John Vanderslice may reveal a sense of humor on his website, but in his songs, he doesn’t have a lot of uplifting things to say about life. What he does say, however, he says beautifully. His patented “sloppy hi-fi” sound is amazing – lush, deep and raw at the same time. Cellar Door is one of the best-produced recordings I’ve heard, and it’s where Vanderslice shines. Of course, it’s no surprise since he owns Tiny Telephone, an analog recording studio in San Francisco. It affords him tight control over the recording process, and that comes through in the music.
His songs come across as a blend of Nick Drake and early Peter Gabriel. They’re as beautiful as a frozen bird. Example from “Pale Horse” (mp3): “from the haunts of daily life / where is waged the daily strife / common wants and common cares / cuts the human heart with tears.” The whole album is full of observations like this. If you’re feeling depressed, this thing won’t cheer you up. But if you’re relatively stable, Cellar Door is full of bleak, beautiful sadness finely wrought with exquisite music.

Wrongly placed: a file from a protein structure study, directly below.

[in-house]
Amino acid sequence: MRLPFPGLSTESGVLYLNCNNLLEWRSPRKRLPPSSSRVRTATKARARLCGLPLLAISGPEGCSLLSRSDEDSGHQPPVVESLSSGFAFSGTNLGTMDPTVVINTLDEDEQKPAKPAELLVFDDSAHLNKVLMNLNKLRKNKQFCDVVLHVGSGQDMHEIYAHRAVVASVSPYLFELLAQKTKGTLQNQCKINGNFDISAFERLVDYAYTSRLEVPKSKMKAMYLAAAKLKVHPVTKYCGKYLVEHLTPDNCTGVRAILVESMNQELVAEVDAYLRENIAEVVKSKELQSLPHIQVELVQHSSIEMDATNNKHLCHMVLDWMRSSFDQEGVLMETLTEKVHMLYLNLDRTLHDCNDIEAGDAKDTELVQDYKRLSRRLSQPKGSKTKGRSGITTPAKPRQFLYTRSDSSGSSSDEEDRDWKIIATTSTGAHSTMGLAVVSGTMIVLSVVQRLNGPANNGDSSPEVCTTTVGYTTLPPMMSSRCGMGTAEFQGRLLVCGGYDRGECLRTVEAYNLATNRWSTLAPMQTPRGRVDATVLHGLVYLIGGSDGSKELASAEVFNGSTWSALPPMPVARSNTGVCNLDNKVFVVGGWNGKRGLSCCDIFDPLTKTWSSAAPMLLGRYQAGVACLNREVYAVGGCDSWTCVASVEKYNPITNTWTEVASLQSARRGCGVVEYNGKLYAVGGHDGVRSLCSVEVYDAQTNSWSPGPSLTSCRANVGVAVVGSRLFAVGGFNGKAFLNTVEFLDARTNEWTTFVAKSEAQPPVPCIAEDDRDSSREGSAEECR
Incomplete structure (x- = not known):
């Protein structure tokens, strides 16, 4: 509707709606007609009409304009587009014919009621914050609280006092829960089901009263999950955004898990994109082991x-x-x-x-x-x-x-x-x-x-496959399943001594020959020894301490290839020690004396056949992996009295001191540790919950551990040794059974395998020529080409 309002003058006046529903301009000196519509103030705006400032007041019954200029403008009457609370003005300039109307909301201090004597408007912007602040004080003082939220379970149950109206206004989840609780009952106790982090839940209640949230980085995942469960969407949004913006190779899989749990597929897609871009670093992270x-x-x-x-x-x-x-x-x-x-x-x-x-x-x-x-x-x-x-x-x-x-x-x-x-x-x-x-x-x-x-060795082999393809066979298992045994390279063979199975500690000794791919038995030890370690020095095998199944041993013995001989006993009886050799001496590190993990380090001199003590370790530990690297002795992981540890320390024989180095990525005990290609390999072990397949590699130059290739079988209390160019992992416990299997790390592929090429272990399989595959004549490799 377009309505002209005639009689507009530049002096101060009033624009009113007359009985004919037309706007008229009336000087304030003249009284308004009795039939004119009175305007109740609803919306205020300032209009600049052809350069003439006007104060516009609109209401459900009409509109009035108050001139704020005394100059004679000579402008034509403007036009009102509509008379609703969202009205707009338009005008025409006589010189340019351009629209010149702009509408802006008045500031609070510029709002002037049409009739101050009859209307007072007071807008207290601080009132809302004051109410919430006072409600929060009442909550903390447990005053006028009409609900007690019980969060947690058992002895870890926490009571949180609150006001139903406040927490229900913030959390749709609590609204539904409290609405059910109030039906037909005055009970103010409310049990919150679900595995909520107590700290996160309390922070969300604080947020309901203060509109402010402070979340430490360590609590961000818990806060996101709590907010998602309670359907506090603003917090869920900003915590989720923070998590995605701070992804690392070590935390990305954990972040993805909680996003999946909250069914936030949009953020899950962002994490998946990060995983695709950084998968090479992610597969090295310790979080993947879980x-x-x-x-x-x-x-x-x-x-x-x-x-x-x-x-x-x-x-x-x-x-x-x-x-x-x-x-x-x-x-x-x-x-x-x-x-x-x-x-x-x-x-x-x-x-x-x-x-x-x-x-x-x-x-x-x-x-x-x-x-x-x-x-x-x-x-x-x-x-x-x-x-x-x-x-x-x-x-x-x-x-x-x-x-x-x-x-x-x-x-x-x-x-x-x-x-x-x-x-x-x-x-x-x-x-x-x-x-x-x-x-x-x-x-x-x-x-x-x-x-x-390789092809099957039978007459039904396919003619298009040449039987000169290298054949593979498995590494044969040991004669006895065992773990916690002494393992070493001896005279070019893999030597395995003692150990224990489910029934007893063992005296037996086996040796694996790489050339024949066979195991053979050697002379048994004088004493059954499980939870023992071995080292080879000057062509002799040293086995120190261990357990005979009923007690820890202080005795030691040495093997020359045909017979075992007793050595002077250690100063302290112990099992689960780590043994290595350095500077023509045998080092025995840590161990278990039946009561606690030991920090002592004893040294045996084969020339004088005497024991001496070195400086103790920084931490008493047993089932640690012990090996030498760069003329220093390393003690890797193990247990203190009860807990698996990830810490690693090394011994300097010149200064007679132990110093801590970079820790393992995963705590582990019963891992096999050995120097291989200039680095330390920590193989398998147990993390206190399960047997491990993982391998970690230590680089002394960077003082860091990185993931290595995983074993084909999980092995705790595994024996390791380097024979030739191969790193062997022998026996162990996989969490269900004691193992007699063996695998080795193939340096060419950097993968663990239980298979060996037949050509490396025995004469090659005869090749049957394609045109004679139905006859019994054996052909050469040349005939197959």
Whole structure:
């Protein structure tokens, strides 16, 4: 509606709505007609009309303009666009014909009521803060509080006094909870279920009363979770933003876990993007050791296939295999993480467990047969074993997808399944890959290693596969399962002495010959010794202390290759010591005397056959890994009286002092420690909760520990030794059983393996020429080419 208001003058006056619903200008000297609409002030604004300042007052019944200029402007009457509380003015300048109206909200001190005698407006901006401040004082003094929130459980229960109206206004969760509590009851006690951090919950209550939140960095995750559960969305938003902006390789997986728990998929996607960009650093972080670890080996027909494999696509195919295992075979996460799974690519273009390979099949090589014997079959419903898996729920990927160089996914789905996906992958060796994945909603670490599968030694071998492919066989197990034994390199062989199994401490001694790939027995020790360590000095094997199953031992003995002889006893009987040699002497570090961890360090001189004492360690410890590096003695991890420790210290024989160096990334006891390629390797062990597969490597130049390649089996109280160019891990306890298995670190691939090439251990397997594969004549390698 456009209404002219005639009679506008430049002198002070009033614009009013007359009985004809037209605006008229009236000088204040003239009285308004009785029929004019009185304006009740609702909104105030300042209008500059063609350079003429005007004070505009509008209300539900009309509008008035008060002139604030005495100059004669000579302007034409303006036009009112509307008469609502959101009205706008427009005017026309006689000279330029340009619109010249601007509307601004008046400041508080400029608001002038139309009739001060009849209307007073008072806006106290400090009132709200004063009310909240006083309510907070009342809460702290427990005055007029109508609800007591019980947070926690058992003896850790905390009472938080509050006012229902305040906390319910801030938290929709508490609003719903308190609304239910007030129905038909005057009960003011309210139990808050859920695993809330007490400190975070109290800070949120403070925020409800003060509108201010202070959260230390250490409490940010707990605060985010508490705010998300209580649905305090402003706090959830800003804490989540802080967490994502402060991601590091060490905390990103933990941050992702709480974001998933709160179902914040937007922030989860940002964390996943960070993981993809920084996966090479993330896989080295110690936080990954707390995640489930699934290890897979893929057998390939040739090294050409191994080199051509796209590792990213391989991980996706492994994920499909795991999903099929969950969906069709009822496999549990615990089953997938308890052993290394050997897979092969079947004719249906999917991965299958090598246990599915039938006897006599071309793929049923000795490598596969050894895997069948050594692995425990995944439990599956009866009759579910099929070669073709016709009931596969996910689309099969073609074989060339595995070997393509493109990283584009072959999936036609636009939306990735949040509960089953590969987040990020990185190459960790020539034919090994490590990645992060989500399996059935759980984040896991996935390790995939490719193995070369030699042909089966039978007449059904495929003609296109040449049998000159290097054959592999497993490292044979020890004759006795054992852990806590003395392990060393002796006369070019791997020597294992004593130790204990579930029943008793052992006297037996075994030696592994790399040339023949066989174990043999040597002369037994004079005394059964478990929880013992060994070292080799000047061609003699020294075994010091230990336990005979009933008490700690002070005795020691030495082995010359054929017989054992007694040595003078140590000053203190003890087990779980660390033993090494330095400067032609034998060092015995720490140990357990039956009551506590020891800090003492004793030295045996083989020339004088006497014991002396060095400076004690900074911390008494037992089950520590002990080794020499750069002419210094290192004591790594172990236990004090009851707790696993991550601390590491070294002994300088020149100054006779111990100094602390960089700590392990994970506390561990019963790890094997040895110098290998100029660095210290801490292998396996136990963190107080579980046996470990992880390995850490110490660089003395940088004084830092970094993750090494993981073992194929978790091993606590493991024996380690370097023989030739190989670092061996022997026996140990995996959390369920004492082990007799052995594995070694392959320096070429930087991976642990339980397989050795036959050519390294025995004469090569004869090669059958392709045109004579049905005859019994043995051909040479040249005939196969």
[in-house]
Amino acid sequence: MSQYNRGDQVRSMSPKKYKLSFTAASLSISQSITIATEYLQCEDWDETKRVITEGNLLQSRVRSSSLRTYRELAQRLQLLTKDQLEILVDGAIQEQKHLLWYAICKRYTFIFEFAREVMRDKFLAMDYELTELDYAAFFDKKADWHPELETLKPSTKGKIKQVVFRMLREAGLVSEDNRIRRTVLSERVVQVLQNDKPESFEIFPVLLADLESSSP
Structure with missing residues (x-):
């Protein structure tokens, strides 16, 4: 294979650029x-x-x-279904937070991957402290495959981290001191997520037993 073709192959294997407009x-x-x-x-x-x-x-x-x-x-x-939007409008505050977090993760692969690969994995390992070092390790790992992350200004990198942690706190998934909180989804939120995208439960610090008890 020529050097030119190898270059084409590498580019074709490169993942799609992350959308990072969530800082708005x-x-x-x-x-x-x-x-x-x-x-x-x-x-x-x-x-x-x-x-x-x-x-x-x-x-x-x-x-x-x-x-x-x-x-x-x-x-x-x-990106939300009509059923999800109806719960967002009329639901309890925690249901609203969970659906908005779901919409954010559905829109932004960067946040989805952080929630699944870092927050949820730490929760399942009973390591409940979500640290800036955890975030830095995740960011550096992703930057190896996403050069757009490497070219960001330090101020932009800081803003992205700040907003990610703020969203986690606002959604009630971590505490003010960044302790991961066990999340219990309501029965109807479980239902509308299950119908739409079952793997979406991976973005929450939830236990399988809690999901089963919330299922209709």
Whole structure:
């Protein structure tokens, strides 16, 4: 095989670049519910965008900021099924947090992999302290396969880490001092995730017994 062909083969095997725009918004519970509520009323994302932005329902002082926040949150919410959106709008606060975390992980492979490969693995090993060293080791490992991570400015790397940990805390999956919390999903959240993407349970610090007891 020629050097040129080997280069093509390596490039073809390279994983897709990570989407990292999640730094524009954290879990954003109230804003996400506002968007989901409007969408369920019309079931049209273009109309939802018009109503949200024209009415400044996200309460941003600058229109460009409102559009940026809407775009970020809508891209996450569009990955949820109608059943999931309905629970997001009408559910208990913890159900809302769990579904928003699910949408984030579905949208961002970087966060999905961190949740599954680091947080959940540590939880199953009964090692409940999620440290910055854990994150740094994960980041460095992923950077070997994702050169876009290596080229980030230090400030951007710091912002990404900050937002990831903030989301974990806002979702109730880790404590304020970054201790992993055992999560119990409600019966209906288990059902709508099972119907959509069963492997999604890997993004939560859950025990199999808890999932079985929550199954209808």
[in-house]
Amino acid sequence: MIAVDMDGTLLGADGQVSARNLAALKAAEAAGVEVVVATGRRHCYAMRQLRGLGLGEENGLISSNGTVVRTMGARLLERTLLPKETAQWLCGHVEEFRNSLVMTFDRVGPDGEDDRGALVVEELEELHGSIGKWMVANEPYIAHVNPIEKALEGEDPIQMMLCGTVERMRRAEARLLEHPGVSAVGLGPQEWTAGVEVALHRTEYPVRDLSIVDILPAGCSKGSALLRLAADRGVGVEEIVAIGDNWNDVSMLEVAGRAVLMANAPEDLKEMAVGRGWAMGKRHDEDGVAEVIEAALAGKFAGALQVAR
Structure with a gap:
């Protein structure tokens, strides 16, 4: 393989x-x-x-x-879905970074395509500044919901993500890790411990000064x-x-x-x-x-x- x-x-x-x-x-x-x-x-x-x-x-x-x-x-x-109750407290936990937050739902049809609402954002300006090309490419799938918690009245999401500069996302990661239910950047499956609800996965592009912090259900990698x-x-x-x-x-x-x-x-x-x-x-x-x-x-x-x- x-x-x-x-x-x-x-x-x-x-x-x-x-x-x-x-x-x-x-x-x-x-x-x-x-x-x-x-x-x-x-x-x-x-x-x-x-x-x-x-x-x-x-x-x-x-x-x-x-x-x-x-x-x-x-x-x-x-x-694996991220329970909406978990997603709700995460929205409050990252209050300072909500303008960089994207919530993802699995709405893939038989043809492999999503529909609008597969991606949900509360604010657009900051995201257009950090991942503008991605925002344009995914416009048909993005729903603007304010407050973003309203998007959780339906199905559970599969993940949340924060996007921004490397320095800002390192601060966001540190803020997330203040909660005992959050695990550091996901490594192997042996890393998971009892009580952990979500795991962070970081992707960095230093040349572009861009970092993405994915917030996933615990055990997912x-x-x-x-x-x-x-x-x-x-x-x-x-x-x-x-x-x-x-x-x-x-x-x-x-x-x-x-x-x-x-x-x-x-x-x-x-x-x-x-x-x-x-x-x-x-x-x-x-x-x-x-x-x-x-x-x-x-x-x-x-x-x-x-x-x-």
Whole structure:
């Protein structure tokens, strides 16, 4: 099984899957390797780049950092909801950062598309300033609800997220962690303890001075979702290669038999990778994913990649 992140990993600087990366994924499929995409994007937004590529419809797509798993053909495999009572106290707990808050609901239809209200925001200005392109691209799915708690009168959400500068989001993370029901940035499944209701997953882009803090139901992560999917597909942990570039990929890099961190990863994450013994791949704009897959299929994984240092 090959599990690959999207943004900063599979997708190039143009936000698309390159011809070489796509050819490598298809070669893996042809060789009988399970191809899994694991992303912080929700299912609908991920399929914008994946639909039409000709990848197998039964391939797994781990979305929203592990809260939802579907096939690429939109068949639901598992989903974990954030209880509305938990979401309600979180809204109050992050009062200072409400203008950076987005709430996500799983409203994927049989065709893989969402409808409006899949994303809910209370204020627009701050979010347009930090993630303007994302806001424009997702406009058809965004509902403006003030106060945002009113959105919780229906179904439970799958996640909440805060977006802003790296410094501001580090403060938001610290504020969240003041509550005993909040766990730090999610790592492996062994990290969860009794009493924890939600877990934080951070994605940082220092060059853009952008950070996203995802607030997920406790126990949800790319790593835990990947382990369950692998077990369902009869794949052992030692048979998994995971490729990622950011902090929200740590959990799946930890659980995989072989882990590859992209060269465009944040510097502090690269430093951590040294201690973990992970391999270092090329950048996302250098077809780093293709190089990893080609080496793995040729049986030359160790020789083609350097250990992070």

Tons of free Vanderslice mp3s are available from his site.
Hot freaks, girls with perfect indie style, and T-shirt’d dudes with that 70’s hair – it was a raveup at Chicago’s Abbey Pub, with Spoon as the main attraction. “Thanks for coming out on a Sunday night like this,” main Spoonman Britt Daniel said. “This is a great place.” Daniel was referring to the packed house and gorgeous new sound system at The Abbey. But he could have been summarizing the twisting road that led he and his band to the stage Sunday night.